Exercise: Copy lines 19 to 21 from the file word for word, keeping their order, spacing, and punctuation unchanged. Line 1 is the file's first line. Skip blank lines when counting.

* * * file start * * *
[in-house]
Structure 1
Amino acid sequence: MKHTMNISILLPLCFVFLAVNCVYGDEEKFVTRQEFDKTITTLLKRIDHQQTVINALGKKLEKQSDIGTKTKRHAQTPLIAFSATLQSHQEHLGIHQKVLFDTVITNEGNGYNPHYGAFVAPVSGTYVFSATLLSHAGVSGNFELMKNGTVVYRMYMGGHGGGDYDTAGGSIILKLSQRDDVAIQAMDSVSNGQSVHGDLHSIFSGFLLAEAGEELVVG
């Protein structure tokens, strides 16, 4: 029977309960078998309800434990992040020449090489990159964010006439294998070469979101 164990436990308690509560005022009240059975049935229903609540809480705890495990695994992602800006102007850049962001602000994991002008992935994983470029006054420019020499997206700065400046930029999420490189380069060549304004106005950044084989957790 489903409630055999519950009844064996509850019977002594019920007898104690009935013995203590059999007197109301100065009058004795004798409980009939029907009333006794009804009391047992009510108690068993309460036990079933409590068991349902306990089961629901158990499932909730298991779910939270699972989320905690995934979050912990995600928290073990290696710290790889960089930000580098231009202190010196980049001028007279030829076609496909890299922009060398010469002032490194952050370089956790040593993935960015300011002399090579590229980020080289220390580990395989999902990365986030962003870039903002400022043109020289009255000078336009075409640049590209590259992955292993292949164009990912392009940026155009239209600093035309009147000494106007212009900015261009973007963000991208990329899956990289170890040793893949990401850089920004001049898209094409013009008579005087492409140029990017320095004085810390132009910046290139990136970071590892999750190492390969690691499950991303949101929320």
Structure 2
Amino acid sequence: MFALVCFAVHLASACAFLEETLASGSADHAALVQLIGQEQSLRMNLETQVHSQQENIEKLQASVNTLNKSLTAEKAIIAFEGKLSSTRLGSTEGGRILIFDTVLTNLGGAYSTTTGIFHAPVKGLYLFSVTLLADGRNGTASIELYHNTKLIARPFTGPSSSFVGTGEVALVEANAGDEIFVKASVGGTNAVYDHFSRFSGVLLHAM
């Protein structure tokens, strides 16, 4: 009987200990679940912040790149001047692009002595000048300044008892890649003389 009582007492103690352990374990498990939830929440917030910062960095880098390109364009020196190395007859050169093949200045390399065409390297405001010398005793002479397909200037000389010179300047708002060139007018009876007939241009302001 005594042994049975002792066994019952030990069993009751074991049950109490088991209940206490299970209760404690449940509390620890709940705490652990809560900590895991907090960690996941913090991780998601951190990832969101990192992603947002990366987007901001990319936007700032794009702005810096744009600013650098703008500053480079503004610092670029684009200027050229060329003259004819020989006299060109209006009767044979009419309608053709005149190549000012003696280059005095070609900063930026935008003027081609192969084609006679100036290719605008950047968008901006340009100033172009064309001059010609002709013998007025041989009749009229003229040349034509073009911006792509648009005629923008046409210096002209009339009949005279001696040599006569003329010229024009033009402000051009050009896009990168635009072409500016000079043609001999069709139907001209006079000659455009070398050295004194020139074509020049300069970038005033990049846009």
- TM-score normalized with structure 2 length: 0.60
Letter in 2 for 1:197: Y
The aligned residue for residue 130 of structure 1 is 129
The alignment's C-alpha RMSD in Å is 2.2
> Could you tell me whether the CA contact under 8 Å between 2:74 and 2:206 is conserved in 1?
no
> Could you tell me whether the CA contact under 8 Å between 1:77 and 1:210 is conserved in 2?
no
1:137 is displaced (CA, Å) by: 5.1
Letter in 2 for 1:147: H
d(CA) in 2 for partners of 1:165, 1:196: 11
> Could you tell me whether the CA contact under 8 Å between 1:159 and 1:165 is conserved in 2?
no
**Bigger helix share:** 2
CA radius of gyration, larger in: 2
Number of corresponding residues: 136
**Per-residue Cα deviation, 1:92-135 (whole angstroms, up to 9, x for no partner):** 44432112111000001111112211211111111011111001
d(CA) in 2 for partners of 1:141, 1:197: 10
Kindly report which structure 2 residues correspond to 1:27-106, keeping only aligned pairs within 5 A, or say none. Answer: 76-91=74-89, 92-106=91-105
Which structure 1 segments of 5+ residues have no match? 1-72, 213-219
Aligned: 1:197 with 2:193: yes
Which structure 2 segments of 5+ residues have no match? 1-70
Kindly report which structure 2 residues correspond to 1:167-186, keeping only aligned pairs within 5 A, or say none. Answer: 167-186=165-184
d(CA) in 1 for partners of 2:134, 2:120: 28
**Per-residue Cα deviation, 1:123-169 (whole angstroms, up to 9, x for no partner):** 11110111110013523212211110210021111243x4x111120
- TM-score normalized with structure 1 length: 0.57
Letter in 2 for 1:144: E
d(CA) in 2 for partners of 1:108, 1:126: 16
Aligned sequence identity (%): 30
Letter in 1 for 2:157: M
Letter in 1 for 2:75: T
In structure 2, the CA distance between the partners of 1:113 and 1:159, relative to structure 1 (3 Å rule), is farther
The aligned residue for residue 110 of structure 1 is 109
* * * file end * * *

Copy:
> Could you tell me whether the CA contact under 8 Å between 1:159 and 1:165 is conserved in 2?
no
**Bigger helix share:** 2